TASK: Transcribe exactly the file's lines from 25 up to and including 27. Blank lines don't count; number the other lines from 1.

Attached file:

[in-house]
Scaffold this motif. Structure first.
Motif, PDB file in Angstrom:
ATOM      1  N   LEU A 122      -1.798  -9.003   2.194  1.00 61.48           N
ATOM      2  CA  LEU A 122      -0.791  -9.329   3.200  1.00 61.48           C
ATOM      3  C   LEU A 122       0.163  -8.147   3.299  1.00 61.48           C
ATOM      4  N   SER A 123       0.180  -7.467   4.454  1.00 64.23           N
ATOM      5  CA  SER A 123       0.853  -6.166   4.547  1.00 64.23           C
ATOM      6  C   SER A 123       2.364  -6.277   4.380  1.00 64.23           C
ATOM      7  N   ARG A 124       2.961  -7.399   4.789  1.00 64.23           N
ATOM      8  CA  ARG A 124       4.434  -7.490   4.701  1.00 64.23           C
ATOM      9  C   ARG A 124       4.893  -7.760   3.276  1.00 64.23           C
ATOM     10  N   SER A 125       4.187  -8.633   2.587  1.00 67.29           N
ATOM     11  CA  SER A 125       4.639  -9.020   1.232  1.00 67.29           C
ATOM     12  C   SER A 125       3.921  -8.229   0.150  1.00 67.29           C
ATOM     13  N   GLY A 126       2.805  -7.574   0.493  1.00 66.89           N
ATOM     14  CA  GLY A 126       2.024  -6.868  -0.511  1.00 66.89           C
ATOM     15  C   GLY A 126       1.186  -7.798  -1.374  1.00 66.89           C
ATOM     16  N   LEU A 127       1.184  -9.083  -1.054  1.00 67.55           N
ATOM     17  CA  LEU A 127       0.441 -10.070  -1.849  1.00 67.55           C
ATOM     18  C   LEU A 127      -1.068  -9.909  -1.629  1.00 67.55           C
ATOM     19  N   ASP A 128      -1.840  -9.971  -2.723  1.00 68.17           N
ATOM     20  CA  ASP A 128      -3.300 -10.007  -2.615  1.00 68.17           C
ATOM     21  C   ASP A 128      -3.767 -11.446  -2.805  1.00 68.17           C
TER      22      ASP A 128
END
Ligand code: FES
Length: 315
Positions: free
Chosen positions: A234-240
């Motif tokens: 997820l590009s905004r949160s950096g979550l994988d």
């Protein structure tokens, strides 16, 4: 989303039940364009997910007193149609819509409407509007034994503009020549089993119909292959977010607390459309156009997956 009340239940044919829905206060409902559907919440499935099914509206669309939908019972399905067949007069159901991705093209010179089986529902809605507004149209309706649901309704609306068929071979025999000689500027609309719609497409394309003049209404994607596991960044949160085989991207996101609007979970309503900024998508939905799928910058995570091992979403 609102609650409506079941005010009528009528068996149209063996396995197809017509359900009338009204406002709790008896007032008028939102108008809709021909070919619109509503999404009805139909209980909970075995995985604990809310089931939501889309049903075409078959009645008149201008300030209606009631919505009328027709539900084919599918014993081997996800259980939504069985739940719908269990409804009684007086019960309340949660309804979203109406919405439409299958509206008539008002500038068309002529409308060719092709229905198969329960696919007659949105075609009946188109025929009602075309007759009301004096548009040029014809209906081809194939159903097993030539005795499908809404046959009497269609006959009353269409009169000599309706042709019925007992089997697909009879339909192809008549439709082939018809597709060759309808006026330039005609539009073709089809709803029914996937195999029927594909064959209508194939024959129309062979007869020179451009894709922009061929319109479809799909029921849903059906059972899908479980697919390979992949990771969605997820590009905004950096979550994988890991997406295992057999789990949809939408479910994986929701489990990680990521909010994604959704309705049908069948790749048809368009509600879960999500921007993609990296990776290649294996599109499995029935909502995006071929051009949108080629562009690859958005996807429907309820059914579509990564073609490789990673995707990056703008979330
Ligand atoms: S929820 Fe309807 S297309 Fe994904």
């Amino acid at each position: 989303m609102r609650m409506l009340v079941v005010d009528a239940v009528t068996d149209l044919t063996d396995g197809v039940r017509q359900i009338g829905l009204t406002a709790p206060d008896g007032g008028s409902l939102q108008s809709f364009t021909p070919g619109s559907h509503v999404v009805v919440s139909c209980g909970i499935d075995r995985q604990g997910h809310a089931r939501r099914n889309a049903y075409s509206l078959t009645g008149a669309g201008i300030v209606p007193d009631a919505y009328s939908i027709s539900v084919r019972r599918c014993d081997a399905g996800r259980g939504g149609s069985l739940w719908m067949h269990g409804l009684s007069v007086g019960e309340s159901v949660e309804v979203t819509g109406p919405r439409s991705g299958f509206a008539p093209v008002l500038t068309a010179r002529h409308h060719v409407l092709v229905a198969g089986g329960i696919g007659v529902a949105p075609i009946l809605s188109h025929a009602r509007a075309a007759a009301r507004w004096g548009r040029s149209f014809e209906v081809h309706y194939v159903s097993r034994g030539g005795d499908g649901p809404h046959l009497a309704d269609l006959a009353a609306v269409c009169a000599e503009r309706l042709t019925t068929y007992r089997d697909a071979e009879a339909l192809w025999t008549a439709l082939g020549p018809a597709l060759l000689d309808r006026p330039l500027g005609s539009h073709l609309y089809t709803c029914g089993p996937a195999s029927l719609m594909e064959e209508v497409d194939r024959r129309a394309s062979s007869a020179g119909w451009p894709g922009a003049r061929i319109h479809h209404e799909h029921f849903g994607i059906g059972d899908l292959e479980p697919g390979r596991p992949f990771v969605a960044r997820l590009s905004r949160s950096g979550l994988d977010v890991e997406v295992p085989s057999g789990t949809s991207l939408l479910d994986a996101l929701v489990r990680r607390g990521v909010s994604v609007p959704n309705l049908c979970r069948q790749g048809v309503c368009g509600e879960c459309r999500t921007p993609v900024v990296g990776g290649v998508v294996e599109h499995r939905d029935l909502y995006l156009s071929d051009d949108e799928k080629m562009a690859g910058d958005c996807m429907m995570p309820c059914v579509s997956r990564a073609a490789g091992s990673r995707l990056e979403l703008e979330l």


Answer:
TER      22      ASP A 128
END
Ligand code: FES